SAN DIEGO--No single company can catapult mobile payments into mainstream use, said American Express executive Dan Schulman, who called for more partnerships between the financial and wireless worlds.
"All of us need to play together," Schulman said today during his keynote address at the CTIA Enterprise & Applications show. "All of us have strengths and capabilities we bring to the table."
Schulman himself straddles both worlds. He is the group president of American Express' enterprise growth unit, which is responsible for mobile payments. Prior to that, he ran Virgin Mobile USA and Sprint Nextel's prepaid, and was a longtime AT&T executive.
Schulman used his keynote to talk about American Express' Serve digital wallet, which he said is an example of an open platform. Serve can link to any credit card or banking account, and can work on any device or operating system. It also works today, and is ready for NFC when it becomes a more widely used technology.
American Express is just one of several parties looking to bring mobile payments to consumers. Earlier this year, Google launched its Wallet application, which features an NFC chip that allows individuals to wave their phones in front of special checkout terminals to make a payment. Three of the national carriers have aligned under a joint venture called Isis, which is attempting its own NFC rollout next year. Credit card giant Visa also has its own mobile-wallet initiative.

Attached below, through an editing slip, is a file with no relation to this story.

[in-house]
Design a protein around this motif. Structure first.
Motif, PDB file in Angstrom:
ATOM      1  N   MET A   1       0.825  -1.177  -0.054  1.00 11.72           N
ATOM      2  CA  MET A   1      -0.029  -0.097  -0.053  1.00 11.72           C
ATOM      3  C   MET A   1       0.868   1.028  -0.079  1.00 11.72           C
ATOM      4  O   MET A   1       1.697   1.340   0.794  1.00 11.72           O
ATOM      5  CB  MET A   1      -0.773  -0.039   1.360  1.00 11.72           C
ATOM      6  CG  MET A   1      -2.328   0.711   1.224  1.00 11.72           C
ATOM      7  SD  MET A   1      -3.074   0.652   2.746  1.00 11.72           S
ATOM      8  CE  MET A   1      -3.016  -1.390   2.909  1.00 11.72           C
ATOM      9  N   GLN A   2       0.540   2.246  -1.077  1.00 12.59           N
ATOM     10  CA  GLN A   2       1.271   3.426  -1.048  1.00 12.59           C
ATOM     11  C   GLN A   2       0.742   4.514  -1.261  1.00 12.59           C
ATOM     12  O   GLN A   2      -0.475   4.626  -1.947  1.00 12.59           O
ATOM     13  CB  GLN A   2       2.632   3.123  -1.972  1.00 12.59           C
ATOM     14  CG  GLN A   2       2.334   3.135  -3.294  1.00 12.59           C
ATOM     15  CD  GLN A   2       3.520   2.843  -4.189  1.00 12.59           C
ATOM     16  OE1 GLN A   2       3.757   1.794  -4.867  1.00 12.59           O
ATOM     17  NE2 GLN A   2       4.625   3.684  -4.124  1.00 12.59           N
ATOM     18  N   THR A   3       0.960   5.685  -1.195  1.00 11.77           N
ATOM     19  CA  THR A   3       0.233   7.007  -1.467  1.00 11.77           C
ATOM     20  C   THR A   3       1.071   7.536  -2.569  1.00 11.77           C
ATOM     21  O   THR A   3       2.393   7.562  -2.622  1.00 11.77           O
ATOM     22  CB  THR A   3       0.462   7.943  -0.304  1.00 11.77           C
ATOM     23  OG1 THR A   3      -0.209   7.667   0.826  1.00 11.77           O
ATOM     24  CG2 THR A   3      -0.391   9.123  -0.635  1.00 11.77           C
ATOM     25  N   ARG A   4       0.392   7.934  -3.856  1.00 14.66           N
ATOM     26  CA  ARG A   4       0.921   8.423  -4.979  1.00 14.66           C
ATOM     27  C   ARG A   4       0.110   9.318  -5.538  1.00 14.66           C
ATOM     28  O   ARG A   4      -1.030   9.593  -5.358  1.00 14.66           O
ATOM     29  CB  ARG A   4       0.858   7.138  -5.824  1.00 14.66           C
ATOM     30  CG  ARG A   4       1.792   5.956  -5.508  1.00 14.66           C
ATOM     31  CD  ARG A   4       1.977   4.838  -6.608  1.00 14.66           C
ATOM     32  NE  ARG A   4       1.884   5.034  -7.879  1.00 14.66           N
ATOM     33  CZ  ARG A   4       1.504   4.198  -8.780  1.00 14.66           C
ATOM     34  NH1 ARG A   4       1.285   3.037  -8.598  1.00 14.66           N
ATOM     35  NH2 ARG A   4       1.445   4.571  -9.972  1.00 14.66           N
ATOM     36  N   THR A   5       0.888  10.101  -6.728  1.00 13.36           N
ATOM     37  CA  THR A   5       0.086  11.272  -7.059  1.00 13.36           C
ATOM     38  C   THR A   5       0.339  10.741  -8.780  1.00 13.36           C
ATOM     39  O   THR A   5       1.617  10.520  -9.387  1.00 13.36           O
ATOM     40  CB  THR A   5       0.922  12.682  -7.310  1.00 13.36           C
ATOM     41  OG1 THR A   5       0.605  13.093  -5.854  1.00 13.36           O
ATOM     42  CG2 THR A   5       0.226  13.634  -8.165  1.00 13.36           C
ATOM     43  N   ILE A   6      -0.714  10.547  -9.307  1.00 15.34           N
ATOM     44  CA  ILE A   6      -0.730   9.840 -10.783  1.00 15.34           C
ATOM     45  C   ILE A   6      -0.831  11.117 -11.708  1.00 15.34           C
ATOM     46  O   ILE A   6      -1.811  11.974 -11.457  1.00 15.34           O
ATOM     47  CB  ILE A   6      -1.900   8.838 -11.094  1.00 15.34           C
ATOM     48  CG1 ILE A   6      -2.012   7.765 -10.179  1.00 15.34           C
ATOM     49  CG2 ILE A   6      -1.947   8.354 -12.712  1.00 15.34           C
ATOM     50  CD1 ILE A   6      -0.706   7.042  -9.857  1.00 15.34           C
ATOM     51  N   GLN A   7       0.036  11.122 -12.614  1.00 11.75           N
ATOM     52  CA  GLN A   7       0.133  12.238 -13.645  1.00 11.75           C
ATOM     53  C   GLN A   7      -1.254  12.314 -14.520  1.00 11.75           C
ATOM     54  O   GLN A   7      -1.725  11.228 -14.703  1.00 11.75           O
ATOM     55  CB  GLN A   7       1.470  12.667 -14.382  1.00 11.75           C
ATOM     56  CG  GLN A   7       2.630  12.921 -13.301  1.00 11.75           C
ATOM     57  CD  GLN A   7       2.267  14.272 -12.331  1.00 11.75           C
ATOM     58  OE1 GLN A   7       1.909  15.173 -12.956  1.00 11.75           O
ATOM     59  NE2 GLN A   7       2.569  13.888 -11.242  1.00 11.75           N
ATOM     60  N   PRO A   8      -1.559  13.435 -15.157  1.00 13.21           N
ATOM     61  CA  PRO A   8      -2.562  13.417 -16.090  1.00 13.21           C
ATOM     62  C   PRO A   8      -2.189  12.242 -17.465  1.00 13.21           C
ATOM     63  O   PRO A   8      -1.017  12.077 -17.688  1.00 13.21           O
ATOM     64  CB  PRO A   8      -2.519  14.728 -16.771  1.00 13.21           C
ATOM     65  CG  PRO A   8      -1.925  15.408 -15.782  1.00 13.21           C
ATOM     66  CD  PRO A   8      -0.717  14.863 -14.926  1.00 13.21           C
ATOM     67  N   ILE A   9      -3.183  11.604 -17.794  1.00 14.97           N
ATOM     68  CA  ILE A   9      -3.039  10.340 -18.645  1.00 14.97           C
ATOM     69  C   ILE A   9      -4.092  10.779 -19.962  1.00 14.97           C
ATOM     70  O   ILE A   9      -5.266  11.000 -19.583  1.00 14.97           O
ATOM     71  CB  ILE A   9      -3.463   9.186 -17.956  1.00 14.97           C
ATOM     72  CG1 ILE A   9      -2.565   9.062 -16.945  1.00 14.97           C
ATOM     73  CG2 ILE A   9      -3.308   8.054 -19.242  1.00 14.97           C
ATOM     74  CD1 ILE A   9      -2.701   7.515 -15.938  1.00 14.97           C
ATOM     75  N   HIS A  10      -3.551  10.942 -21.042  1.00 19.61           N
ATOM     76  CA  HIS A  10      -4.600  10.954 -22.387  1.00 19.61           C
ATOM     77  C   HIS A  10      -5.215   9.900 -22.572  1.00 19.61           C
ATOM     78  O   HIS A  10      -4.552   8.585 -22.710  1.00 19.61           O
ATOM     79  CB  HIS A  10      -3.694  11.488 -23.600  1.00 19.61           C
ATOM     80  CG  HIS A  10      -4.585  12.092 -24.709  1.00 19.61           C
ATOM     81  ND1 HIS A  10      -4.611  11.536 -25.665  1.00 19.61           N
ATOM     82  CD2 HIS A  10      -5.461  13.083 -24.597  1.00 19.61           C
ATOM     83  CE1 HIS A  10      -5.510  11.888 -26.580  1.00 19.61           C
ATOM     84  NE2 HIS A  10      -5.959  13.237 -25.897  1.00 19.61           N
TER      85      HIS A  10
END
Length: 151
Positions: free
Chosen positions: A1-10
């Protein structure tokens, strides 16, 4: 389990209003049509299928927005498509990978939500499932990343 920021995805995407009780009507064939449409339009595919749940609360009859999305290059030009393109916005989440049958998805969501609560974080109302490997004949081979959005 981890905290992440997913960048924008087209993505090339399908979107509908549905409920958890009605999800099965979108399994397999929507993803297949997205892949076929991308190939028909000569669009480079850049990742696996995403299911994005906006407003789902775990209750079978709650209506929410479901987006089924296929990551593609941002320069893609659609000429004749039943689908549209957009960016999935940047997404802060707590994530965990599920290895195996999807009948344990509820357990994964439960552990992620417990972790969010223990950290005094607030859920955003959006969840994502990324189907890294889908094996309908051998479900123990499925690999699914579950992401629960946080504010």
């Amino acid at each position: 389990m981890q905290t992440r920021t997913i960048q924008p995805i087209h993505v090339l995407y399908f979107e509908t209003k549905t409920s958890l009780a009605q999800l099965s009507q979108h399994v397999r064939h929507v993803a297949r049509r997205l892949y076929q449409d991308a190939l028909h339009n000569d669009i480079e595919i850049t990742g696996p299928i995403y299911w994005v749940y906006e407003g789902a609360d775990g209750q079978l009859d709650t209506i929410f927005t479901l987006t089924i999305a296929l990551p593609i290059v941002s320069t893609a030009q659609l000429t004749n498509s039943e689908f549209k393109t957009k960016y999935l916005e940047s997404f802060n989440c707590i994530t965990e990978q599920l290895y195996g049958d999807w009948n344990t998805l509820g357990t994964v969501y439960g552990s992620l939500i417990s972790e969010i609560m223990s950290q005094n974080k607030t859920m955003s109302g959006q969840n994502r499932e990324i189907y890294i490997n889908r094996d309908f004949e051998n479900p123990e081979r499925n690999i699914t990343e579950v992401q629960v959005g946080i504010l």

All of the companies have talked about the benefits of opening up their systems, though many are opting to go their own route for now.
Schulman also used the keynote to lay out his vision for the benefits of mobile payments. He believes that eventually, individuals will be able to go into a store and digitally share details such as brand preferences, coupons, and budget, allowing the retailer to create a custom offer based on those factors. Consumers would be able to more efficiently shop, while retailers would be able to better serve their customers and track the effectiveness of their offers.
"This represents a fundamental shift," Schulman said. "It's clear mobile and commerce are on a collision course."
Schulman doesn't believe that the mobile payments revolution will occur today, tomorrow, or even next year. Instead, he believes it will occur over the next few years.
"By partnering together, we can take that vision and turn it into reality," he said.
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